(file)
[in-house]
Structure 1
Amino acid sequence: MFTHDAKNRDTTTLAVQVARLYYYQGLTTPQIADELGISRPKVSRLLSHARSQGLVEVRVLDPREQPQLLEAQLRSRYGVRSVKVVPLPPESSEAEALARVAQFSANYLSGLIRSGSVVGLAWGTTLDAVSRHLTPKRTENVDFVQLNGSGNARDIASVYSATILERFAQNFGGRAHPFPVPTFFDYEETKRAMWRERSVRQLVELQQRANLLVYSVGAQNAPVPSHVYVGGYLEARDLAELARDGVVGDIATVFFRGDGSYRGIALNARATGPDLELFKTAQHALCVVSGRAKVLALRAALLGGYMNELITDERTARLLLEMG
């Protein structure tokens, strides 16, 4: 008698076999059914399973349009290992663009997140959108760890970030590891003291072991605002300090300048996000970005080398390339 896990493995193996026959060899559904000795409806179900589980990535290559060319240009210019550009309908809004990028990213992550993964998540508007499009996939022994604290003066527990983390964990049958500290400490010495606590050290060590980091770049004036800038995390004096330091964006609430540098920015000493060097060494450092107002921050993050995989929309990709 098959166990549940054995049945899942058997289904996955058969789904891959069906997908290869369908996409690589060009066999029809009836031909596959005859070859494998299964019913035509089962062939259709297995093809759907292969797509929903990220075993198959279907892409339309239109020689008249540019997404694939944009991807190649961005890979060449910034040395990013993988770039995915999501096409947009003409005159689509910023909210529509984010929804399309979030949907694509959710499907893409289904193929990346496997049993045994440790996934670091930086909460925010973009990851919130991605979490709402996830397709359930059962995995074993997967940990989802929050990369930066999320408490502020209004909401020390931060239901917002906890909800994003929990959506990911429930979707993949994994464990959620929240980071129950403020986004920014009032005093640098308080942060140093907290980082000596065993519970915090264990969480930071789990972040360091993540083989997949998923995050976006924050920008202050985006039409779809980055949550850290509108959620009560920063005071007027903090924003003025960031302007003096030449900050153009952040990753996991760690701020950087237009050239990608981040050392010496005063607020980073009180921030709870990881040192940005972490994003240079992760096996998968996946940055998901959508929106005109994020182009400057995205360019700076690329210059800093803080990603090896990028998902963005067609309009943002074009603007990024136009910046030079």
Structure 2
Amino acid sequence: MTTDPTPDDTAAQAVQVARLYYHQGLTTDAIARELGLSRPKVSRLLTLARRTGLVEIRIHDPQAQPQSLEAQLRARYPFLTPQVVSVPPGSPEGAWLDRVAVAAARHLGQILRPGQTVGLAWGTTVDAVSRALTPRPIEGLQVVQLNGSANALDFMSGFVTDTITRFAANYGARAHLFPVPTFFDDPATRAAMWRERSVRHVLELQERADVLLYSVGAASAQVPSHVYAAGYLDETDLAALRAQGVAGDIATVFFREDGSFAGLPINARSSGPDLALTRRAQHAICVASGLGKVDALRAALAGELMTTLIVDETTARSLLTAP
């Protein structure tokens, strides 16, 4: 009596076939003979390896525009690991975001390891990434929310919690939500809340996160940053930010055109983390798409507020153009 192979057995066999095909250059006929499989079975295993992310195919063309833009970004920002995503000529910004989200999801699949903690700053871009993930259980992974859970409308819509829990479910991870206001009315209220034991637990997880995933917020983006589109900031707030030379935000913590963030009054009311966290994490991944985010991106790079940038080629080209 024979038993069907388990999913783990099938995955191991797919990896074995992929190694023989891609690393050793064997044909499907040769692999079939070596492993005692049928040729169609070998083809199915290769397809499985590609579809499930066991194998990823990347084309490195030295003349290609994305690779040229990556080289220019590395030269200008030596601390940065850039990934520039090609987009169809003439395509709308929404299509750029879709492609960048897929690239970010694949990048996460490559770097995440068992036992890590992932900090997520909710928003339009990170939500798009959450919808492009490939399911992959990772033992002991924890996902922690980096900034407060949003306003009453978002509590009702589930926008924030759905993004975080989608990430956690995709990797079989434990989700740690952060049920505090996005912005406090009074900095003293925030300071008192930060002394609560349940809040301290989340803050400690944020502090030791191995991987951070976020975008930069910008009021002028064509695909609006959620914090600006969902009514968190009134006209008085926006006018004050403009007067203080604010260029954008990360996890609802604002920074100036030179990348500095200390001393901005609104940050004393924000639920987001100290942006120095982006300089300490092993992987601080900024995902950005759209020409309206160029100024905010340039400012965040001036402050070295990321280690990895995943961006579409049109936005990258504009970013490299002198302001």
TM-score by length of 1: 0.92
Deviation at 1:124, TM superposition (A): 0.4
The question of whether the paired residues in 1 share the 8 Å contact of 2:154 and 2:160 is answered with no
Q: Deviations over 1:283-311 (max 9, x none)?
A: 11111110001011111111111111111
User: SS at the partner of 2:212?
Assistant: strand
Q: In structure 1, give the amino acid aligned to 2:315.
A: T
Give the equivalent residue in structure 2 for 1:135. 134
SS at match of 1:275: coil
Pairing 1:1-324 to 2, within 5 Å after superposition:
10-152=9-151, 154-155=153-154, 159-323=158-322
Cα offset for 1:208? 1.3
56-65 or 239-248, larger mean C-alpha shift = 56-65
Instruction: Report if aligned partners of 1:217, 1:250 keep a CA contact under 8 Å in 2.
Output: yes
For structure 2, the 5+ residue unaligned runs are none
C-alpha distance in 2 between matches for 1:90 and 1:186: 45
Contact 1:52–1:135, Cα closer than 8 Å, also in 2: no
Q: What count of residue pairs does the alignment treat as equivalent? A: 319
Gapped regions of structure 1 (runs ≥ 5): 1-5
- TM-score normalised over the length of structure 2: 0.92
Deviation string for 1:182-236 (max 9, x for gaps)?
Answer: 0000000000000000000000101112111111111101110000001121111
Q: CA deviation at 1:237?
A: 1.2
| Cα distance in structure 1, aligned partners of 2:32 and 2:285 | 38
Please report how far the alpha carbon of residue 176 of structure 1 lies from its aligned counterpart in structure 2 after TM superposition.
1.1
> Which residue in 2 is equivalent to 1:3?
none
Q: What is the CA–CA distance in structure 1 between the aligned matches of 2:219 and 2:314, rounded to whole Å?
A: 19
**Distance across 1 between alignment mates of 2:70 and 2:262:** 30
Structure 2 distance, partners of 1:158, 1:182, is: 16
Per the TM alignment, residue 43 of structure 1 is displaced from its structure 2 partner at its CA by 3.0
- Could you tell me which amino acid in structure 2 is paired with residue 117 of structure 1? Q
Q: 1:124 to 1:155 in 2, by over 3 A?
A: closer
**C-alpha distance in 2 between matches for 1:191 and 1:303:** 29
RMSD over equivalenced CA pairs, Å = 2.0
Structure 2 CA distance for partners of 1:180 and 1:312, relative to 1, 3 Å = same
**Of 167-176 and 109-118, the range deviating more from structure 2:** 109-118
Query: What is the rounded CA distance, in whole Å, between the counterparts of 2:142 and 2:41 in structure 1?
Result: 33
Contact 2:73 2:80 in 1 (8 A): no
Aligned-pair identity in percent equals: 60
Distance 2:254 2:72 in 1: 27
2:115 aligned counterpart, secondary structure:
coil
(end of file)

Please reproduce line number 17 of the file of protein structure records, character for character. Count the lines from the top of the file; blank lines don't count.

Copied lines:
Give the equivalent residue in structure 2 for 1:135. 134